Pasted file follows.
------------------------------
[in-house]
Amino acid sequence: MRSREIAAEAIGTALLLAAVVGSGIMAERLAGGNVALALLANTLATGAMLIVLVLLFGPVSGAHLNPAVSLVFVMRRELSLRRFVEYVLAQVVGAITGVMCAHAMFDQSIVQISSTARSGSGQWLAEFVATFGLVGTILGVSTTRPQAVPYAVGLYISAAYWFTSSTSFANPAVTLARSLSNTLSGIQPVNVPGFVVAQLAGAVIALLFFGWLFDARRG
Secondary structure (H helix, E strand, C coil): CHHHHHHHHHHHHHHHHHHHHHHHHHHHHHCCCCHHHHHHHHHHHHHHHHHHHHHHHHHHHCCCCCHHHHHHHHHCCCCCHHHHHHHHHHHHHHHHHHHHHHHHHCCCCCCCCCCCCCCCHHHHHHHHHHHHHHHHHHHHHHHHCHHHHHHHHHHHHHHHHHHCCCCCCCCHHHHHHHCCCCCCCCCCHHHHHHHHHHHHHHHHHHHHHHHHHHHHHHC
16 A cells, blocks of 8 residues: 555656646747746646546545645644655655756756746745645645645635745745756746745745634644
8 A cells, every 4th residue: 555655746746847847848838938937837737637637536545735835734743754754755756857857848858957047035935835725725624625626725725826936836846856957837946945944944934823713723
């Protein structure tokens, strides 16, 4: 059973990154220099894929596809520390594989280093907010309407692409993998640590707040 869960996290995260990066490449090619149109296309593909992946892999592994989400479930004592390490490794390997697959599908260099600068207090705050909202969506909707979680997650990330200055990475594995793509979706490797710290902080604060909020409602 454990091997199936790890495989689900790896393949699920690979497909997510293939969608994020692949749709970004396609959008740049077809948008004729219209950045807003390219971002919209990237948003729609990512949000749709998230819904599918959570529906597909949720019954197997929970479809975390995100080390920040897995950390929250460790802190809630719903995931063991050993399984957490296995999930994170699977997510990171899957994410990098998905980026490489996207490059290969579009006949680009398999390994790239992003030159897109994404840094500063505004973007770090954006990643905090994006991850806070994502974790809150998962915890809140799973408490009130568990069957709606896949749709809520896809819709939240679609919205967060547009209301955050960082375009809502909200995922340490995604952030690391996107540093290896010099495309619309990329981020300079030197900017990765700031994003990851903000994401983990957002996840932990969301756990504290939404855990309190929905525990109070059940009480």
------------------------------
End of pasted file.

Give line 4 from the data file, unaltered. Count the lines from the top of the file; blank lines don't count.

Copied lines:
16 A cells, blocks of 8 residues: 555656646747746646546545645644655655756756746745645645645635745745756746745745634644